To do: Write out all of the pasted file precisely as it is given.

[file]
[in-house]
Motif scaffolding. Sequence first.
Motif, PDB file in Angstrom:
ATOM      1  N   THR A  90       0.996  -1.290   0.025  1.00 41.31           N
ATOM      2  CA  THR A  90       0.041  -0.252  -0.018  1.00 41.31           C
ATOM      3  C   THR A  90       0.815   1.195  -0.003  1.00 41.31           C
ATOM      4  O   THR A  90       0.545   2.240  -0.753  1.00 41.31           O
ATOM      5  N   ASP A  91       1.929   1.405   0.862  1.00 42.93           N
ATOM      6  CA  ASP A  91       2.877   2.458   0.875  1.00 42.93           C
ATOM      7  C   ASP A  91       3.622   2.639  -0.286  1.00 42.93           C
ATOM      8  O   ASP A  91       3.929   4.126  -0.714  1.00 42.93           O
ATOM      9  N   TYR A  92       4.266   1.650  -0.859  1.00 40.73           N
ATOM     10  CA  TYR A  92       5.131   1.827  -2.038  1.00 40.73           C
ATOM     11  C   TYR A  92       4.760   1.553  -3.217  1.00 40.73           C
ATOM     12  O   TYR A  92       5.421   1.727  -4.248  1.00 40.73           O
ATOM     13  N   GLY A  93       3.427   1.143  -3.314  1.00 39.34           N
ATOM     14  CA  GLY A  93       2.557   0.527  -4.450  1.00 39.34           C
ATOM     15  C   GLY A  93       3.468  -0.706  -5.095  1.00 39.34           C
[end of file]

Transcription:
[in-house]
Motif scaffolding. Sequence first.
Motif, PDB file in Angstrom:
ATOM      1  N   THR A  90       0.996  -1.290   0.025  1.00 41.31           N
ATOM      2  CA  THR A  90       0.041  -0.252  -0.018  1.00 41.31           C
ATOM      3  C   THR A  90       0.815   1.195  -0.003  1.00 41.31           C
ATOM      4  O   THR A  90       0.545   2.240  -0.753  1.00 41.31           O
ATOM      5  N   ASP A  91       1.929   1.405   0.862  1.00 42.93           N
ATOM      6  CA  ASP A  91       2.877   2.458   0.875  1.00 42.93           C
ATOM      7  C   ASP A  91       3.622   2.639  -0.286  1.00 42.93           C
ATOM      8  O   ASP A  91       3.929   4.126  -0.714  1.00 42.93           O
ATOM      9  N   TYR A  92       4.266   1.650  -0.859  1.00 40.73           N
ATOM     10  CA  TYR A  92       5.131   1.827  -2.038  1.00 40.73           C
ATOM     11  C   TYR A  92       4.760   1.553  -3.217  1.00 40.73           C
ATOM     12  O   TYR A  92       5.421   1.727  -4.248  1.00 40.73           O
ATOM     13  N   GLY A  93       3.427   1.143  -3.314  1.00 39.34           N
ATOM     14  CA  GLY A  93       2.557   0.527  -4.450  1.00 39.34           C
ATOM     15  C   GLY A  93       3.468  -0.706  -5.095  1.00 39.34           C